In 2013, British Standards published its 2nd edition of BS 7913:2013. The publication is entitled: Guide to the conservation of historic buildings. It is an excellent document and recommends well-balanced practical approaches to the repair, management and conservation of heritage buildings and structures. It goes beyond our own Australian Burra Charter inasmuch as it deals with highly specific approaches to repair and maintenance such as rising damp, falling damp, introducing new services into heritage buildings, fire upgrades etc.
I am strongly in favour of an equivalent document being produced in Australia. If nothing else, it would set a standard by which owners, developers, designers, architects, councils and the legal fraternity go about the business of legislating, managing and repairing heritage buildings of all types and ages. For instance, councils, developers, owners and builders might get accused of not meeting standards which are desperately needed in the industry. From there, prosecutions may be engendered all in an effort to raise the efficacy of cultural built heritage as a public good in society.
Fig. 1 – heritage building in Cambridge, UK
By way of a small example, I have extracted some of the clauses in the British document below just to show how they could easily be applied in Australia.
6.4 The purpose of repair
The main objective of repair is to bring a historic building into good condition, while retaining its significance. The level of intervention should be the minimum necessary to stabilize and conserve the historic building, ensure its long-term survival and meet the requirements of any foreseeable new use.
6.5 Minimum work
In most cases the significance of a historic building relies heavily on its fabric so the unnecessary replacement of this can have an adverse effect. The level and nature of repair should be appropriate to the particular situation and historic building. For example, some elements of a structure require periodic replacement, such as roof coverings, which can be justified by the need to protect the structure below. The level of intervention can be higher if the costs and complexities of access merit this. For example, high-level repairs to major buildings could justify a greater level of intervention and replacement, because of the costs of scaffolding and access to that height. A lower level of intervention might be more appropriate for other parts of the historic building because the implications of the processes of decay are less, and in these cases a much more selective approach to intervention should be taken.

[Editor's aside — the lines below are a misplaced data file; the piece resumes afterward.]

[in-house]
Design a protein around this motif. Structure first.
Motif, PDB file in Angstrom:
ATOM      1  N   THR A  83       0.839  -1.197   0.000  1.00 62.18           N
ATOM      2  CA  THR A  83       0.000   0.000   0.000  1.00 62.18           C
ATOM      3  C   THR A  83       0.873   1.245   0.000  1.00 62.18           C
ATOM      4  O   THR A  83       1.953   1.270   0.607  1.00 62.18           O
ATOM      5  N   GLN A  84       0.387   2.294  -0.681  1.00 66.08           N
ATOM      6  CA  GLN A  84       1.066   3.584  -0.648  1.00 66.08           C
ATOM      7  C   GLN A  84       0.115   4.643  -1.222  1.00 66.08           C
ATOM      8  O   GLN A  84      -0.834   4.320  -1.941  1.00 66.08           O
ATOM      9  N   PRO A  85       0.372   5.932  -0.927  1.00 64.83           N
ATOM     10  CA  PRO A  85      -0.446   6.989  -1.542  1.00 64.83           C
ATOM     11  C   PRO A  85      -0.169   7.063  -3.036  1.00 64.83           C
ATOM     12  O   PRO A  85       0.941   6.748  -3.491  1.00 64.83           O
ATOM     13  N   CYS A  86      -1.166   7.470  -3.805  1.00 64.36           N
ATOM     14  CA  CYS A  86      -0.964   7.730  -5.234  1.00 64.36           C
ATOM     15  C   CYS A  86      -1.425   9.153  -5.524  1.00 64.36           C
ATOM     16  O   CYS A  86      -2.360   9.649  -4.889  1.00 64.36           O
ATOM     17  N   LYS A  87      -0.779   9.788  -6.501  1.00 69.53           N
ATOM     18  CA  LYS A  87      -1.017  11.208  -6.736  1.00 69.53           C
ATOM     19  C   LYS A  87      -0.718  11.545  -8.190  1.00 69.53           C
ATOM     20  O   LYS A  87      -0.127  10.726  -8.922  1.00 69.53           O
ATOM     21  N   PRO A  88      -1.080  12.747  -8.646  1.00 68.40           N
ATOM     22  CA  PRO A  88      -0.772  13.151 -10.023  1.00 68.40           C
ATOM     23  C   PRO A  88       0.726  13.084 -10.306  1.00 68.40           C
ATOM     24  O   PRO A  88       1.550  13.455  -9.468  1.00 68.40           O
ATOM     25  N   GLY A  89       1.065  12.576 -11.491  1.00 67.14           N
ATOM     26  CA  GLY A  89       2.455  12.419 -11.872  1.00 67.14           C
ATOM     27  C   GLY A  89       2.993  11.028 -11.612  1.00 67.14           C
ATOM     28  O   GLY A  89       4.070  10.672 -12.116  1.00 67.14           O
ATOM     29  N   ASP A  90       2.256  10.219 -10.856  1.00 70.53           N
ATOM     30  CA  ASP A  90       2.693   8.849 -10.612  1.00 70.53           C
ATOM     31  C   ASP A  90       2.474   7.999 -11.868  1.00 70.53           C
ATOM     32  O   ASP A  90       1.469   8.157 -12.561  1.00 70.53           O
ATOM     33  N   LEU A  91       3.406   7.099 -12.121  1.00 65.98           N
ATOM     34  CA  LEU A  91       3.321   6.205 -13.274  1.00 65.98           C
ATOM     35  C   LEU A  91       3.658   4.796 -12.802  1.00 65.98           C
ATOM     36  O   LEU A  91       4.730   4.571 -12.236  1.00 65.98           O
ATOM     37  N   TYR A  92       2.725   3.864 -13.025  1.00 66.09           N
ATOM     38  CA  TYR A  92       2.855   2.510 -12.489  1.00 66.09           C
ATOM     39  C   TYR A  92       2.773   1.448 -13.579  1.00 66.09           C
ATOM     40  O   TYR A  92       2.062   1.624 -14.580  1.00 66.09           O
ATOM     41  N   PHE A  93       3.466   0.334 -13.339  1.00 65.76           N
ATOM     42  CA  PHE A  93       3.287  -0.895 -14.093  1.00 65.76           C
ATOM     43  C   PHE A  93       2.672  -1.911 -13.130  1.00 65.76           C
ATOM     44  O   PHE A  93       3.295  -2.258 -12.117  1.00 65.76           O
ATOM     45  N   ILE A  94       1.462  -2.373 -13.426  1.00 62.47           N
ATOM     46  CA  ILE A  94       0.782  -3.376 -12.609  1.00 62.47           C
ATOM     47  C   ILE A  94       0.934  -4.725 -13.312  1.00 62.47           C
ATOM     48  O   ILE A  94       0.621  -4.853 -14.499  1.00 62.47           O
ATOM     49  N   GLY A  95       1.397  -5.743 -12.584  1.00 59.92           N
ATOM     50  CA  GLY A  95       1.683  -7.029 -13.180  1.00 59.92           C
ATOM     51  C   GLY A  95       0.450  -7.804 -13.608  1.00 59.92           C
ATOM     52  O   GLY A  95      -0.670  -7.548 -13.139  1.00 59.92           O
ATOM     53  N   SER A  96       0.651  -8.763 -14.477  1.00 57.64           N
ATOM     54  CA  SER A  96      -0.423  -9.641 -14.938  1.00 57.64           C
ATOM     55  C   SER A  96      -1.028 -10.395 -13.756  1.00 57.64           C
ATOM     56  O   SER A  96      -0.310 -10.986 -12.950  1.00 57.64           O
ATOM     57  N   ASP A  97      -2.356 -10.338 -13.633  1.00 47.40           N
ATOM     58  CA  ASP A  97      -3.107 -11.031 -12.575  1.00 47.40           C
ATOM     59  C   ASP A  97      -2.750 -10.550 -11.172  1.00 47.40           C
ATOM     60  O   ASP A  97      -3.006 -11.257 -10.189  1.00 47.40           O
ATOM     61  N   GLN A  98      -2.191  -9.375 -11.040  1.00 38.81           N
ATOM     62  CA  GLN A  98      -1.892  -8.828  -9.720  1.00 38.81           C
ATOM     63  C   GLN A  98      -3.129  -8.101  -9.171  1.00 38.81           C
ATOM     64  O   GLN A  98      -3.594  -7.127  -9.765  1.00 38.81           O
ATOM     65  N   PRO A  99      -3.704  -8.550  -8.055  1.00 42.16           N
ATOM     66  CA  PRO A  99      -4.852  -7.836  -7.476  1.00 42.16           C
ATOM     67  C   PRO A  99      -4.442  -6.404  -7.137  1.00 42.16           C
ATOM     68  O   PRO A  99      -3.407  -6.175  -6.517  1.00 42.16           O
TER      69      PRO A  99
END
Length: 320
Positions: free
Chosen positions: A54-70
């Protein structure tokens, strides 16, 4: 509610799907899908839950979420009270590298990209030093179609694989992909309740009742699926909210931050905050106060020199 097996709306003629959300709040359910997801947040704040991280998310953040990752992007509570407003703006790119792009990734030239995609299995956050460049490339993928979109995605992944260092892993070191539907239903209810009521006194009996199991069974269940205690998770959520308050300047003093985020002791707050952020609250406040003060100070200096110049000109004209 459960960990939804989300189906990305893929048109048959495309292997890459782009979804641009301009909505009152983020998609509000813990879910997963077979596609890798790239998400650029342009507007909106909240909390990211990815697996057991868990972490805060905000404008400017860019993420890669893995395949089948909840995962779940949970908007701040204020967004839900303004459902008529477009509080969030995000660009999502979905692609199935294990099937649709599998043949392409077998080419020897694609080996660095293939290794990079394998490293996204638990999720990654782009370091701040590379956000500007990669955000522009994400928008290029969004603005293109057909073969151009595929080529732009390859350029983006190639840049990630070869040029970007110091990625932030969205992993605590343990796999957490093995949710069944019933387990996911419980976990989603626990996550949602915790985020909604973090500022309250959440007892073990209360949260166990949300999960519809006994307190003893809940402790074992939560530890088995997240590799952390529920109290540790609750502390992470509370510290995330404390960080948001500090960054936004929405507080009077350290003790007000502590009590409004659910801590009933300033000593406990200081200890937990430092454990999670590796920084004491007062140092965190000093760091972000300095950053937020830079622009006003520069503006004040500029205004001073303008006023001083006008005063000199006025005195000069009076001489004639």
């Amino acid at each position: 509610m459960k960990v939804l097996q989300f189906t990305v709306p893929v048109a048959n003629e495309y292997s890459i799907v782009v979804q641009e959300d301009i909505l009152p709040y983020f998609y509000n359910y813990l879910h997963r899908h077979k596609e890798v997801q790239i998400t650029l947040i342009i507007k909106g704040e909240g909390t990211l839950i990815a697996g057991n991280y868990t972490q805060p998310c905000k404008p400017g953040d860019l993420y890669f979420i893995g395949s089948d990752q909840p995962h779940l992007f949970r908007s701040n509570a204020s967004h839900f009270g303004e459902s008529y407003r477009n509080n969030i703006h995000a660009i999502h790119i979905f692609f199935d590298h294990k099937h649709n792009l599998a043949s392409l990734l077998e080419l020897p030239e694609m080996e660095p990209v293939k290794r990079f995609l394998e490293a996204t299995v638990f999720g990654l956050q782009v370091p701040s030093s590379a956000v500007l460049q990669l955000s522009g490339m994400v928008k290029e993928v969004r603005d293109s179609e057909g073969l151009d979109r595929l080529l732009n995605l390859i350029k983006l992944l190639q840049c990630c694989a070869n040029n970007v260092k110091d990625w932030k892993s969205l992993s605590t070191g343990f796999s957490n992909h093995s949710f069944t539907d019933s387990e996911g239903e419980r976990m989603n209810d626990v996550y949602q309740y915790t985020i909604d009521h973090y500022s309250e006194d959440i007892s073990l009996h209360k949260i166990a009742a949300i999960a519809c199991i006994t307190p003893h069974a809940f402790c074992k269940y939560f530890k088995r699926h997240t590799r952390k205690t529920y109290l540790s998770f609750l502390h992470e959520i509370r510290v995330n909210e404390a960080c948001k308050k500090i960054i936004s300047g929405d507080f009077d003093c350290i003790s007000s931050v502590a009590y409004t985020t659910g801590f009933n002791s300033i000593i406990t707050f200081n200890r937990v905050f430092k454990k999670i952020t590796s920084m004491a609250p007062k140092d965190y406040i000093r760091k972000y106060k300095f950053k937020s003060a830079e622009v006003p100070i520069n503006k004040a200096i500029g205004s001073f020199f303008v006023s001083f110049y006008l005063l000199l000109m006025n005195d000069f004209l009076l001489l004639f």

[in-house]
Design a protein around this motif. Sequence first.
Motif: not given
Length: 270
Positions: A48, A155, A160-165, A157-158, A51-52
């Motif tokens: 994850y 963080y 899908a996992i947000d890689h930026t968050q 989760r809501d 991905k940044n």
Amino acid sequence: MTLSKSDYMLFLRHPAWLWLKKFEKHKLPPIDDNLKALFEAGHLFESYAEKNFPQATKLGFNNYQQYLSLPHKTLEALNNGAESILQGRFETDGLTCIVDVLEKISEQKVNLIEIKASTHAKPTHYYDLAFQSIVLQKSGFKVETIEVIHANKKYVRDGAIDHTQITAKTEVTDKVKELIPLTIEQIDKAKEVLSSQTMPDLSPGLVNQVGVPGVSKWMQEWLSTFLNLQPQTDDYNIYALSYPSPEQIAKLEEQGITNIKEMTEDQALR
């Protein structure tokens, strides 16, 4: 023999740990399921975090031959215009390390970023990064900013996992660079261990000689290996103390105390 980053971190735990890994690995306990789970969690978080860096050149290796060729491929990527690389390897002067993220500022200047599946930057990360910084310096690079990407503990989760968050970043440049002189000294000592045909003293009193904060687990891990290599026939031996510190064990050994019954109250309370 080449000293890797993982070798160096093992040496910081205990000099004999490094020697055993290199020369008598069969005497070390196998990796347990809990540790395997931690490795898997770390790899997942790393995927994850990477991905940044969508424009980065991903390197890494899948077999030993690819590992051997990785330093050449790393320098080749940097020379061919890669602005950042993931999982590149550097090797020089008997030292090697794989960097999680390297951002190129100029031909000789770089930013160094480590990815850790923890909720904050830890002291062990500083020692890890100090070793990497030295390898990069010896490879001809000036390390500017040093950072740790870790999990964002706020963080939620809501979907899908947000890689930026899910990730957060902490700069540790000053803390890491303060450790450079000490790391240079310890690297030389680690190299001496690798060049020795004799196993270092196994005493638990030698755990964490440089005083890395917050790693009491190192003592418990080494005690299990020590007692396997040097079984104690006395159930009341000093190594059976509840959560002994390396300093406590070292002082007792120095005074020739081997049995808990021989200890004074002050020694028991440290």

Before any intervention is specified and carried out, the history and fabric of the historic building, and the nature and causes of defects should be investigated by competent persons.
6.7 Proven techniques
A principal objective of repair is to retain the performance of the existing fabric. This is usually best achieved by using matching materials and traditional repair techniques. In some instances, modern methods might be appropriate, such as the use of synthetic resins for timber repairs, but their use should be thoroughly researched before they are specified. In other instances, the original design or construction might be flawed. If this fundamentally affects the performance of the historic building, then a modern approach might be required. For example, the replacement of an inadequately-sized down pipe or the reconfiguration of roofs and valleys to allow the efficient disposal of rainwater. New materials and techniques should be used only when there is evidence that they perform satisfactorily in use.
6.8 Honest repair
The significance of the historic building should be taken into account when repairing it. Generally, repairs should be carried out without any attempt to disguise them, but should not be unduly obtrusive or unsympathetic. Different approaches may be adopted where aesthetic considerations are particularly significant.
6.9 Reinstatement of lost features
Elements of a historic asset which contribute to its design might have been lost and their replacement might be justified, for example, the loss of some pinnacles, sections of balustrades and sash windows. The significance of the replacement should be weighed against the original design concept. Reinstatement should be justified by strong evidence and research.
Paul Rappoport – Heritage 21 – 24 April 2017
Reference: BRITISH STANDARD BS 7913:2013 ©
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